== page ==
Flipping your classroom is not easy. Not only do you need to create screencasts, which can be time consuming, but you need to prepare for your class each day. I am lucky as I along with some members of my math department at Lawrence Academy created most of the screencasts that we will need for our math 3 (Algebra 2) class.
To have a well-designed flipped classroom, you need to plan way ahead. Screencasts need to be prepared well in advance. Each day I need to prepare student-centered lesson around a screencast. Sometimes I will give the screencast for homework and then prepare a collaborative, creative lesson in class as a follow-up. Sometimes I plan a collaborative, project-based lesson where students have to discover the mathematical concepts that are the goal of the lesson. The screencast will then be offered for homework as a summary of what happened in class.
This all takes a lot of planning. At this point in time (4 days before the start of classes) I have planned out 8 lessons around my existing screencasts. Planning screencasts and lessons way ahead of time is not easy. The best method is to get the members of your department to work collaboratively. I will be meeting regularly with the members of my math 3 team each week. The hope is that we will all exchange good ideas for implementing flipped lessons.
Flipping takes a lot of work and a lot of time. You need to prepare your screencasts as well as the class lessons. However, the rewards for you as the teacher and for your students can be amazing. I am looking forward to Monday.
The first day of a flipped class is extremely important. This is the day to set the tone for your class and to introduce your students to the concept of a flipped classroom. I want my students to get the experience of working collaboratively on something they have never seen before. I also want them to examine what they are doing and to think about the process of learning. I want to do this all on day one (oy vey).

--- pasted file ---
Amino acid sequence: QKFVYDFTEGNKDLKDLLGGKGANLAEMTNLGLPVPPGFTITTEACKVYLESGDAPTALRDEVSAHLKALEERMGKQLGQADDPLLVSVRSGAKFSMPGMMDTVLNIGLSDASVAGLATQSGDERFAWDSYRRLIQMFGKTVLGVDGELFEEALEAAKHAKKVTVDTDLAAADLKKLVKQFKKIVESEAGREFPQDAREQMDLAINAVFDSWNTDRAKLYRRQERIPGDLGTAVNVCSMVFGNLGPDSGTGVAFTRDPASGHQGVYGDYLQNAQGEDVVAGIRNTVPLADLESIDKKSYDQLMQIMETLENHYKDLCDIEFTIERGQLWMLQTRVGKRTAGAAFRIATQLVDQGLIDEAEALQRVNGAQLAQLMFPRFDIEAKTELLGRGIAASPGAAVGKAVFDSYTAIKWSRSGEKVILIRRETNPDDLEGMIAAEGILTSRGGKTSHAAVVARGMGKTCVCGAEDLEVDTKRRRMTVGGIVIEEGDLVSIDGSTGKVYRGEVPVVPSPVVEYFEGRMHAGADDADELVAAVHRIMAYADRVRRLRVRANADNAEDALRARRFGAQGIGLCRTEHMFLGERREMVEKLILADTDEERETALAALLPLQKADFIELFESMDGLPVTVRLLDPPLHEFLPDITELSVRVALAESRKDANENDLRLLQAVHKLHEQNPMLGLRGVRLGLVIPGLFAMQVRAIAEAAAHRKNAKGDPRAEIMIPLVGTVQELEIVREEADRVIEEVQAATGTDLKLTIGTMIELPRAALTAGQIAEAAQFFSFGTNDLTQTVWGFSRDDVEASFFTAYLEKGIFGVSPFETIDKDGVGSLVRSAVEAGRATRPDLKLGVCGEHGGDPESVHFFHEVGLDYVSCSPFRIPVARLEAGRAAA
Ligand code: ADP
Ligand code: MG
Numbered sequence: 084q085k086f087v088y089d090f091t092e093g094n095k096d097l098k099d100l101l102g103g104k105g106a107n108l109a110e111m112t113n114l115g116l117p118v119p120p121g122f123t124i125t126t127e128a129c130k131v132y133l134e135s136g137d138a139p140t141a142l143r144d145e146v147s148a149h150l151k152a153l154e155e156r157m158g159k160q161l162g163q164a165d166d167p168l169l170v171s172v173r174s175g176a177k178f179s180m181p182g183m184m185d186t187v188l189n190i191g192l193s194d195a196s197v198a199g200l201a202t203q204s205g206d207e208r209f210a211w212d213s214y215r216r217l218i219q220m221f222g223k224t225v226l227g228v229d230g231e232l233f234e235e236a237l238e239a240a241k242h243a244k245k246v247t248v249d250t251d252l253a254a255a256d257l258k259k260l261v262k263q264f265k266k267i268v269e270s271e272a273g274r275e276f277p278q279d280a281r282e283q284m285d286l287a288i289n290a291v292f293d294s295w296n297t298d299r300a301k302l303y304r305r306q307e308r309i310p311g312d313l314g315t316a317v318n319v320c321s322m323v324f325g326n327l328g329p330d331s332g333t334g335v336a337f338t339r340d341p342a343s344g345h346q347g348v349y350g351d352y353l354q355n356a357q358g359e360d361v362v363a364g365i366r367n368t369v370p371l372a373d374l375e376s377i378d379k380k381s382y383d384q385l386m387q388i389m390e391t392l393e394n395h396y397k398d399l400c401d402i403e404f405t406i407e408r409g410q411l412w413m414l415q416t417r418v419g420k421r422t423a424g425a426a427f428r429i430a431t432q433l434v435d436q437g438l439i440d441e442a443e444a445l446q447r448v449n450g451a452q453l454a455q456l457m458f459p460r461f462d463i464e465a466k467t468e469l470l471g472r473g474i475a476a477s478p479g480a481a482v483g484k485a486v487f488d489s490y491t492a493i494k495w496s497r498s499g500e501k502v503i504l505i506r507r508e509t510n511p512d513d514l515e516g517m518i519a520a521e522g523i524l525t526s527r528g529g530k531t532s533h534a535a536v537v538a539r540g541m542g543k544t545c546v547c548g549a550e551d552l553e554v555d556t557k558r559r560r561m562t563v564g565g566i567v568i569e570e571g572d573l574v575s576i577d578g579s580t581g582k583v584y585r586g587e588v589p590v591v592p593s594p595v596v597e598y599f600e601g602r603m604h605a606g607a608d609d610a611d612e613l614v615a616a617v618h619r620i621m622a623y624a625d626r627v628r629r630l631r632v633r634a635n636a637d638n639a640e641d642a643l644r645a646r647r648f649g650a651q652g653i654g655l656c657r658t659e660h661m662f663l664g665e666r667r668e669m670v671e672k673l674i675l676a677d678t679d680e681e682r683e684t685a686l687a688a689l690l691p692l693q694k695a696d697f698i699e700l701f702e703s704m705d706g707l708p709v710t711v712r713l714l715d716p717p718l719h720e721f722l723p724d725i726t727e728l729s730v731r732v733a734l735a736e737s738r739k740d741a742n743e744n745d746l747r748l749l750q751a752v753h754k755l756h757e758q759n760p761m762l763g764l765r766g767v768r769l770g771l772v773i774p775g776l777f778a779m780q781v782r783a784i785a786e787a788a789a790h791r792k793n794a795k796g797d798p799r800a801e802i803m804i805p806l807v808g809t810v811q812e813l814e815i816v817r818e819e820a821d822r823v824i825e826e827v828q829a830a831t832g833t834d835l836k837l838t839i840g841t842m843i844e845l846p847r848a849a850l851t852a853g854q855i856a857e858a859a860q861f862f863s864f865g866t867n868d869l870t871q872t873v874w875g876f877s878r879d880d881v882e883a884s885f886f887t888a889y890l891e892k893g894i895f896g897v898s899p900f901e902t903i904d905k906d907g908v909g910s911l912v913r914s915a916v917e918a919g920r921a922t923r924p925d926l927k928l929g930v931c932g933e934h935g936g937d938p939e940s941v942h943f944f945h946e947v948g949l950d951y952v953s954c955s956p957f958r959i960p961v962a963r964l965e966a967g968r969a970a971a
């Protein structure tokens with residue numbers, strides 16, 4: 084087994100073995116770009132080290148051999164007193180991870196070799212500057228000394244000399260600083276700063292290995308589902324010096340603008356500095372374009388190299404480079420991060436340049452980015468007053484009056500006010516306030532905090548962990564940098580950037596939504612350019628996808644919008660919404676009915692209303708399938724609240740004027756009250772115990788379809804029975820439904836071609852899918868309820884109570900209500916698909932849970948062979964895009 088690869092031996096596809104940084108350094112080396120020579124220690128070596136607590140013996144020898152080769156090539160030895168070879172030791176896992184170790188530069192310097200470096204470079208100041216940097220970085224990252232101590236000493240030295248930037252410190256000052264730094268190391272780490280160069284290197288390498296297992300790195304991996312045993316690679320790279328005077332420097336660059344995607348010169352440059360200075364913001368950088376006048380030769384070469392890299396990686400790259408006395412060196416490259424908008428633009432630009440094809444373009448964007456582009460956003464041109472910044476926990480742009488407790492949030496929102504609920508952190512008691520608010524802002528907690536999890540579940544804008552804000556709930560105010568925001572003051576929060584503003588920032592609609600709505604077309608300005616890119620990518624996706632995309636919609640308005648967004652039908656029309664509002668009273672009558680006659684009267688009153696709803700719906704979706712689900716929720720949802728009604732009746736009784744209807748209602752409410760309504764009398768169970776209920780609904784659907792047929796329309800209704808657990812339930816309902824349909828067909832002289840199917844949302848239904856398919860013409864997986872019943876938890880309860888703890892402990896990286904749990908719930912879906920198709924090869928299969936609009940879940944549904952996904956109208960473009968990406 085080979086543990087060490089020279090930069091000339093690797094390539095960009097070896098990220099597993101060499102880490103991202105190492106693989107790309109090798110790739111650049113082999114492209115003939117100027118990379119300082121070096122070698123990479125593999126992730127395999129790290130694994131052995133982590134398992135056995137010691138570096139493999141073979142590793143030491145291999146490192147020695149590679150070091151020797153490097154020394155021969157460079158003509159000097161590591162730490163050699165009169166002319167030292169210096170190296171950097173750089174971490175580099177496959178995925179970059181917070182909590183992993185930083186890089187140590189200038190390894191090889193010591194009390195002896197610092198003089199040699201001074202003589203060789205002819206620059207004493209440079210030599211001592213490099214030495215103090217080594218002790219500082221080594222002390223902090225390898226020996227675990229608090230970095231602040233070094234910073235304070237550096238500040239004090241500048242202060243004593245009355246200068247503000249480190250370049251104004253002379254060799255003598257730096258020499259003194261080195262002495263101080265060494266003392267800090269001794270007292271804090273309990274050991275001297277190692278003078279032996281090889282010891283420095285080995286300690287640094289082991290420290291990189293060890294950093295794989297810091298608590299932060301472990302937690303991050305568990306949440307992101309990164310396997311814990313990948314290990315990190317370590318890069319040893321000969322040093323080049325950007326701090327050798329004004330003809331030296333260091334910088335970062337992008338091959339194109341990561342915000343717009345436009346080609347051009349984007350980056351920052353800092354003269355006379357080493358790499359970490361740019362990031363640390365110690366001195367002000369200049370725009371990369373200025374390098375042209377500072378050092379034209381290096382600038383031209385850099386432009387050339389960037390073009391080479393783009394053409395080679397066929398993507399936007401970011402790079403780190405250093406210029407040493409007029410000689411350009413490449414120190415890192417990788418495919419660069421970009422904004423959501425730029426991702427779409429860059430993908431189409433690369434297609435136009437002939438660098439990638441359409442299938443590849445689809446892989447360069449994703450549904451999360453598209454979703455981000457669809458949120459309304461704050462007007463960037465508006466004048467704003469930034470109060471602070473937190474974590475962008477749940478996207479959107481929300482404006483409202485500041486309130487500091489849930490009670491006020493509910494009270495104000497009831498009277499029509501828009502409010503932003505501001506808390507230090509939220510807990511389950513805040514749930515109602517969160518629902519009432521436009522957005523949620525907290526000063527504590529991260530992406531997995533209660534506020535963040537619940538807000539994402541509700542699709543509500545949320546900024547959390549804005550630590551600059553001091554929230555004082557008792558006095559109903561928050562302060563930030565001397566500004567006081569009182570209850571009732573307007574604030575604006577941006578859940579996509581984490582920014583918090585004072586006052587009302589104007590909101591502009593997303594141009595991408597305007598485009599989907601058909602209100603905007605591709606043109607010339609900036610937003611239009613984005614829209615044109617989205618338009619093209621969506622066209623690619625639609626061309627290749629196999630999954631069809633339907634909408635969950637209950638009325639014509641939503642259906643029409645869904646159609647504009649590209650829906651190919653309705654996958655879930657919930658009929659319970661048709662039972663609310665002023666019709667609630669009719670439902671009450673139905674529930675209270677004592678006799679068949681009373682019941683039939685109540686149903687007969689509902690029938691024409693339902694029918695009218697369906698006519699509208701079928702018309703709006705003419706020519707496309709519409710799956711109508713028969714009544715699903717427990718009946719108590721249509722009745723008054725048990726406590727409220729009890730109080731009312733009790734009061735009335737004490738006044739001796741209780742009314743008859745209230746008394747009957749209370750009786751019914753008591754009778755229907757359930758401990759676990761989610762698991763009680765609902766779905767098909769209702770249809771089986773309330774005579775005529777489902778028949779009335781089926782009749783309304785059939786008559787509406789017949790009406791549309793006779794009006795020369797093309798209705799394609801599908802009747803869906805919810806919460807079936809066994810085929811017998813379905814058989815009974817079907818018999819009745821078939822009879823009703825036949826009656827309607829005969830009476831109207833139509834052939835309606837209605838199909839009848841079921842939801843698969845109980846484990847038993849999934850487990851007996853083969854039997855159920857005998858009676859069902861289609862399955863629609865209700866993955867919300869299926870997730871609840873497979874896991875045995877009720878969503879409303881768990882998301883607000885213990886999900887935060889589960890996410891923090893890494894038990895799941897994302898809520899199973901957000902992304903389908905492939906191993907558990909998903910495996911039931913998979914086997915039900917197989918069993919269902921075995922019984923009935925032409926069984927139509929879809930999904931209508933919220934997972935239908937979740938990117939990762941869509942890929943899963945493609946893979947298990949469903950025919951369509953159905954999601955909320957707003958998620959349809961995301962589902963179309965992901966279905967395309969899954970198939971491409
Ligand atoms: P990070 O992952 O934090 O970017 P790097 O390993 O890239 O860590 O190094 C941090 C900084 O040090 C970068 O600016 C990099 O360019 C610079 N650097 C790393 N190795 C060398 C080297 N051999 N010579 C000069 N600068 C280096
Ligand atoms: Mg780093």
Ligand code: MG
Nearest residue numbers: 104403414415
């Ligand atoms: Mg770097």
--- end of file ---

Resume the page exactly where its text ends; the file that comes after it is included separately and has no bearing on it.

My first day of teaching I hand out games of Rush Hour to each group of 3 students. Rush Hour is a series of puzzles where players set up cars and trucks on a game grid to match one of forty color-coded challenge cards, and then try to maneuver the red car to escape the gridlock. I like this game because it has many levels of difficulty and students are required to solve a type of problem that they have never seen before. One student in each group writes down the strategies that the other two members are using to solve the puzzle. After solving several puzzles, the students are required to write up a set of strategies for solving a typical Rush Hour puzzle.
My goal is to introduce students to a collaborative environment where they need to work together to solve problems. I also want them to reflect on what they learned which is the point of having them write up a series of strategies. Having them play an unfamiliar game like Rush Hour will steer the students towards a general approach to problem solving rather than creating a strategy for a specific kind of problem. This type of thinking is essential in a mathematics classroom.
Too often students do not understand the purpose of the flipped approach to learning. The students are so used to the traditional way of learning that they often complain that the teacher is not “teaching” them. It is important to begin to change their approach to learning on day one. Changing the way students learn is not easy. However, what is clear is that it must start on day one.